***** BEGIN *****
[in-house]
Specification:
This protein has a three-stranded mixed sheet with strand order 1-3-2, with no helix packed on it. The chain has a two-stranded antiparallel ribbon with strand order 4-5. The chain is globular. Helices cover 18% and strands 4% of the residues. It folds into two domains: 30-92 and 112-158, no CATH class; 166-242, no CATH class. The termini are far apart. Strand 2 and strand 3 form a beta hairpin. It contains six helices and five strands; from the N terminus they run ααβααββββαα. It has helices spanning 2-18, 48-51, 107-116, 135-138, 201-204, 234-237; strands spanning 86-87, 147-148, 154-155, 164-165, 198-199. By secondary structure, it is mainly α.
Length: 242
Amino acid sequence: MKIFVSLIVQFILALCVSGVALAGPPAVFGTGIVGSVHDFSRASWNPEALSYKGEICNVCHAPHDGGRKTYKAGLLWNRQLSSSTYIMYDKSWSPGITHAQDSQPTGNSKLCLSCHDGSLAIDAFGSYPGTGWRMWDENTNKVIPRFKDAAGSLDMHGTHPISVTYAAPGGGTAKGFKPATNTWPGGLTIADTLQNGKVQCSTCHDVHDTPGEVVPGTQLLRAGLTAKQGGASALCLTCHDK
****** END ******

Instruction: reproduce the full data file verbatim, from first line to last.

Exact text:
[in-house]
Specification:
This protein has a three-stranded mixed sheet with strand order 1-3-2, with no helix packed on it. The chain has a two-stranded antiparallel ribbon with strand order 4-5. The chain is globular. Helices cover 18% and strands 4% of the residues. It folds into two domains: 30-92 and 112-158, no CATH class; 166-242, no CATH class. The termini are far apart. Strand 2 and strand 3 form a beta hairpin. It contains six helices and five strands; from the N terminus they run ααβααββββαα. It has helices spanning 2-18, 48-51, 107-116, 135-138, 201-204, 234-237; strands spanning 86-87, 147-148, 154-155, 164-165, 198-199. By secondary structure, it is mainly α.
Length: 242
Amino acid sequence: MKIFVSLIVQFILALCVSGVALAGPPAVFGTGIVGSVHDFSRASWNPEALSYKGEICNVCHAPHDGGRKTYKAGLLWNRQLSSSTYIMYDKSWSPGITHAQDSQPTGNSKLCLSCHDGSLAIDAFGSYPGTGWRMWDENTNKVIPRFKDAAGSLDMHGTHPISVTYAAPGGGTAKGFKPATNTWPGGLTIADTLQNGKVQCSTCHDVHDTPGEVVPGTQLLRAGLTAKQGGASALCLTCHDK